Quote of the day

Greece remains roiled by the imposition of an austerity regime on the country. This regime has been and will continue to be harsh medicine for most Greeks. Greece’s political elite have shown themselves to be impotent when confronting the crisis, as Patrick Cockburn illustrated in this report:

The general strike and the parliamentary vote on reforms demanded by international creditors came before a European Union leaders’ summit, when Greece should receive €8bn — without it, the country will run out of money by November. In parliament the Finance Minister Evangelos Venizelos told MPs that Greece had no choice but to accept fresh hardships. “We have to explain to all these indignant people who see their lives changing that what the country is experiencing is not the worst stage of the crisis,” he said.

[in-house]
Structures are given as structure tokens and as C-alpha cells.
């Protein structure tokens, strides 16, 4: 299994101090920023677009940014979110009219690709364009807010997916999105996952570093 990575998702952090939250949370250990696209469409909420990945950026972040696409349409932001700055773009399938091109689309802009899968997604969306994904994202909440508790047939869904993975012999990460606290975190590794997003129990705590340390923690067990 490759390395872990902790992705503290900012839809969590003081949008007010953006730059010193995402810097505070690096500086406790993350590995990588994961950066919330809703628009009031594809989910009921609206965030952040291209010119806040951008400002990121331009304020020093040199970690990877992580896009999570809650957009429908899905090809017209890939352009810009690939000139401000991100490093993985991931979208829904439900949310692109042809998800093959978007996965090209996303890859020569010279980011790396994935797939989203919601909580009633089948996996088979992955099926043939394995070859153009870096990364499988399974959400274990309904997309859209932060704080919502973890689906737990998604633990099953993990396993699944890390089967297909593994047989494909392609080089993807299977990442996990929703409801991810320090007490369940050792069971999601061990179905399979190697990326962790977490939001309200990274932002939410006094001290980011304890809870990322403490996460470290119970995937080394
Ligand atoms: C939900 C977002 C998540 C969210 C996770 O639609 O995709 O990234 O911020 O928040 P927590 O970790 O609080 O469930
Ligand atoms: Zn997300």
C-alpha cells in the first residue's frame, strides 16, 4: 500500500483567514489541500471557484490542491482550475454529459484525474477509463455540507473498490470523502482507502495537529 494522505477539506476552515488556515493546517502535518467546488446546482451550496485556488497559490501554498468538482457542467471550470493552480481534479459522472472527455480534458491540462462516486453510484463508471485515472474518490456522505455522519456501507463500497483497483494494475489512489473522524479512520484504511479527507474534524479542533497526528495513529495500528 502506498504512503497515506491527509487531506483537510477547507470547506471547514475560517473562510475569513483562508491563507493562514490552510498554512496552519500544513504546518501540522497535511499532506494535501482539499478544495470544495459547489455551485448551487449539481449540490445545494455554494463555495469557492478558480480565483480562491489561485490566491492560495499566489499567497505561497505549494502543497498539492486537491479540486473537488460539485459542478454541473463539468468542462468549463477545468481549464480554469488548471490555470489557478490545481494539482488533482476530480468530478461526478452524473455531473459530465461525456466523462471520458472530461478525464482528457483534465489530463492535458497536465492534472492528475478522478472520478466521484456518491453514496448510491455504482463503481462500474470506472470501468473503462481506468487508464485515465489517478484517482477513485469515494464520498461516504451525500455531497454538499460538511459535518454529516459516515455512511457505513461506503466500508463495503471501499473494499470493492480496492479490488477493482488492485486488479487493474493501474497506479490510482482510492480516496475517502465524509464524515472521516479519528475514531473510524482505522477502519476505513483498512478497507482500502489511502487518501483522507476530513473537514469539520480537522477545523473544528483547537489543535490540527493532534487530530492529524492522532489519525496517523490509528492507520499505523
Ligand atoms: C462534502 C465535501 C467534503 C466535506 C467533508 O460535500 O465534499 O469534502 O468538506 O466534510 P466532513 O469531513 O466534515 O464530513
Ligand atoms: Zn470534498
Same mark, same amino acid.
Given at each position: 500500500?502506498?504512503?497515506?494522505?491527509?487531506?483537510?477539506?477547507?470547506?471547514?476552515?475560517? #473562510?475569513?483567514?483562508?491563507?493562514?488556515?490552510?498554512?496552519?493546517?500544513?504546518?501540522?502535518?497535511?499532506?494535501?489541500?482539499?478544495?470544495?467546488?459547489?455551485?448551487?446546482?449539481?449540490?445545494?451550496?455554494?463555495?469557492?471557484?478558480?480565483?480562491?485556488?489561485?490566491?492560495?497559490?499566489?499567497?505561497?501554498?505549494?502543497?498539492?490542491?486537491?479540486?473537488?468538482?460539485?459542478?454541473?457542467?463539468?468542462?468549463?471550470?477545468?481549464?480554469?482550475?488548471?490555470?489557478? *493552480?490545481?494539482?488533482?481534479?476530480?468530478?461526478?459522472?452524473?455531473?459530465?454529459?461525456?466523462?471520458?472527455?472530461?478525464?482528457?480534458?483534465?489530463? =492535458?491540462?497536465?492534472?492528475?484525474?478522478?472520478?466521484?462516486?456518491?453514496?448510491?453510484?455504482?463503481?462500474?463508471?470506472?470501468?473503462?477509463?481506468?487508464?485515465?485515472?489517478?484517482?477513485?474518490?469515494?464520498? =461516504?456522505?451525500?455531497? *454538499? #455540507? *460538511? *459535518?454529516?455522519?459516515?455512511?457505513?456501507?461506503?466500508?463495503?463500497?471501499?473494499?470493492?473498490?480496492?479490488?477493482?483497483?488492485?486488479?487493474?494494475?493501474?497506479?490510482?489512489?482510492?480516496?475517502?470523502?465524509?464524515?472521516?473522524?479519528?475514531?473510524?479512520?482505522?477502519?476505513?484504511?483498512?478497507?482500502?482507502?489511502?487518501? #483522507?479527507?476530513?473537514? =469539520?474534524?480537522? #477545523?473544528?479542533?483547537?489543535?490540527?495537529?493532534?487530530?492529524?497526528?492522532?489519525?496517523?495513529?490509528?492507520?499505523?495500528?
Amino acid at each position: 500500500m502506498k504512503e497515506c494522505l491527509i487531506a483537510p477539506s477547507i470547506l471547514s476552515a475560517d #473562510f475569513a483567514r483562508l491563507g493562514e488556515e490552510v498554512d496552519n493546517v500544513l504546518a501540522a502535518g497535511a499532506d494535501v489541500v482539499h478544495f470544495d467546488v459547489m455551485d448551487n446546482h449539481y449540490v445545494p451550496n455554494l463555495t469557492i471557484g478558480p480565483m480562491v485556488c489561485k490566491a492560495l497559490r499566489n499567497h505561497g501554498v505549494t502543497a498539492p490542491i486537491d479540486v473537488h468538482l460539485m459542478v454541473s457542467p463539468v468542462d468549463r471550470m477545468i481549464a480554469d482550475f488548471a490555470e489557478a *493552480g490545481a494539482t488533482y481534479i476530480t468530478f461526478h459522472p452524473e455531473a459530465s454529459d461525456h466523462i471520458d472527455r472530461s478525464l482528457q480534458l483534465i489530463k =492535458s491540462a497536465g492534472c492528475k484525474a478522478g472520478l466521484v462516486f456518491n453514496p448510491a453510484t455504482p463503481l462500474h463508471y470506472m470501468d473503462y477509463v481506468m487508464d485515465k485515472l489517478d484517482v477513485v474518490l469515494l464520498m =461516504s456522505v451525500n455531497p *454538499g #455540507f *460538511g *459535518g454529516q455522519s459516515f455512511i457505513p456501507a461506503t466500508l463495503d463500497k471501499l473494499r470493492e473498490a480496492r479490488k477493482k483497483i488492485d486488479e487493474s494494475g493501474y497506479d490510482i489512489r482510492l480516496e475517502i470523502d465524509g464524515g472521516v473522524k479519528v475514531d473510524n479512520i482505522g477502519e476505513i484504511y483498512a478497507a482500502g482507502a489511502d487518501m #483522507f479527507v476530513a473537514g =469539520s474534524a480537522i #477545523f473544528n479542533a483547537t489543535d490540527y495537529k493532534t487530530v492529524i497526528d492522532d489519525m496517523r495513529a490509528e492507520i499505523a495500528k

“It is an anguished and necessary effort to avoid the ultimate, deepest and harshest level of the crisis. The difference between a difficult situation and a catastrophe is immense.”

But for many Greeks, the catastrophe has already happened and protests increasingly involve the well-educated middle class. The strike yesterday involved air-traffic controllers, tax officials, pharmacists and doctors — as well as taxi drivers, dock workers and garbage collectors. Schools were closed and hospitals were only open for emergency cases. Every street in Athens has a heap of rotting rubbish on it despite a court order to the public service union to end its strike.

What Mr. Venizelos seems unable to understand is the nature of the disturbance in the streets of Athens. The strikes and street fighting are not features marking the final phase of Greece’s political crisis. They are manifestations of an insurgency that spans the globe and promises to endure long into the future.

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